Matisyahu, BDS and the Sephardic Jews

The popular Jewish American singer Matisyahu made it into the news this past week after he was disinvited and then reinvited back to perform at the Rototom Sunsplash festival, an annual reggae event held on the Spanish Mediterranean coast.  The organizers had insisted that Matisyahu make a public statement about his position on Israel and its alleged “apartheid” policies against the Palestinians.  After facing international public outrage, the organizers offered Matisyahu to perform without any preconditions.  The musician should be admired for his steadfastness in rejecting the coercive tactics of BDS advocates.

A important article authored by Soeren Kern of the Gatestone Institute carefully catalogs a series of policy positions by the current and previous governments of Spain that largely coincide with the objectives of the anti-Semetic Boycott, Divestment and Sanctions (BDS) movement in Spain and elsewhere throughout the world.

Among other things, Spain has taken the following actions:

  • Announced in March of 2013 a plan to open a Spanish consulate in Gaza, which was later scrapped after realizing that the EU identifies Hamas as a terrorist organization.
  • Announced in August 2014 an arms embargo against Israel ostensibly aimed at forcing Israel to stop its military operations against Hamas, the same terrorist entity which launched hundreds of rockets and missiles into Israel before the incursion.
  • The Spanish Foreign Minister Jose Manuel Garcia-Margallo praised the Spanish parliament in November of 2014 for voting to recognize “Palestine” as a state.
  • The Spanish Agency for International Development Cooperation (AECID) provides substantial funding to various Palestinian and Spanish non-governmental organizations that aim to delegitimize Israel through the BDS movement.

Parallel to these activities, the Spanish Parliament passed legislation that will permit descendants of Jews expelled from the country in 1492 (Sepharadim) to seek Spanish citizenship.

This law, which enters into force on October 1, 2015, is ostensibly intended to right a historic wrong and demonstrate that more than 500 years after the Spanish expulsion, Jews are once again welcome in Spain.  According to a New York Times article published on June 11, 2015, the Spanish Justice Ministry was already handling 4,454 applications from Sephardic Jews filed under the current citizenship rules.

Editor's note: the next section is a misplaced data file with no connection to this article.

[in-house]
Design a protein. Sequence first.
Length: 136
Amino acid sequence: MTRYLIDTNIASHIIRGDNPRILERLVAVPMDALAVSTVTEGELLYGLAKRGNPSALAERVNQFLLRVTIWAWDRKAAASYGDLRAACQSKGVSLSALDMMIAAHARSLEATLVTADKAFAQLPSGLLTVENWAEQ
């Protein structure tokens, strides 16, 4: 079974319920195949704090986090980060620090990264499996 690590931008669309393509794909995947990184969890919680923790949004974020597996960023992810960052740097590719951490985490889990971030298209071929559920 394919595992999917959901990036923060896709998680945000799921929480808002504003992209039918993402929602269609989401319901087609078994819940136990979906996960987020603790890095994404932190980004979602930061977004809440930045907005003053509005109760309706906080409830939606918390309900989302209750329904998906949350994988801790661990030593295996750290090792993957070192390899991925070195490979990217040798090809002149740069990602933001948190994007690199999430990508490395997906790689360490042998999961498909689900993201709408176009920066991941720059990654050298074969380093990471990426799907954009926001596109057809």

The new law is intended to give Spanish citizenship to any person whose Sephardic originals can be certified.  It also removes any obligation for applicants to renounce their current citizenship, although the applicant must demonstrate some Spanish language proficiency.  A Spanish passport would provide one with travel and employment opportunities throughout the European Union, as well as access to Spain’s free medical care.

This author is a descendant of Jews expelled from Spain, with his maternal grandmother having a last name of a prominent city in southern Spain.  My descendants eventually made their way to Turkey, where they lived for generations until the early Twentieth Century.  I am an active member of my local Jewish community, and am a member and past president of a Sephardic synagogue.  While the offer of Spanish citizenship to Sephardic Jews appears to be a means of purging Spain’s past sins, this effort is incongruous if not outright disingenuous when Spain concurrently pursues diplomatic and financial means to undermine and delegitimize the Jewish state of Israel.

Let not flattery or misplaced nostalgia blind ourselves to the reality of Spain today.  Nothing Spain can do now can atone for the brutal expulsion, persecution and murder of Jews from the Iberian peninsula more than 500 years ago.  Moreover, modern Spain has not demonstrated that it is a true friend to the Jewish people or of Israel. As explained earlier, the recent international commotion over Matisyahu’s performance at a Spanish music festival is not an isolated incident.  To be sure, many Spaniards and more than a few officials have the best of intentions and are wonderful people.  But we cannot permit the offer and acceptance of Spanish citizenship to Sepharadim to act as political cover for Spain to continue its virulent anti-Israel and anti-Semitic crusade.

About the Author
Steve Hemmat is an attorney in private practice in Seattle, Washington, where he has held several leadership roles in local Jewish institutions and is an alumnus of a Tikvah Fund workshop. Formerly with the U.S. Departments of the Interior and Justice, Steve has a deep interest in Israel and the welfare of the Jewish people. His wife, Rachely, is a native of Israel, and he has three children. He can be reached at
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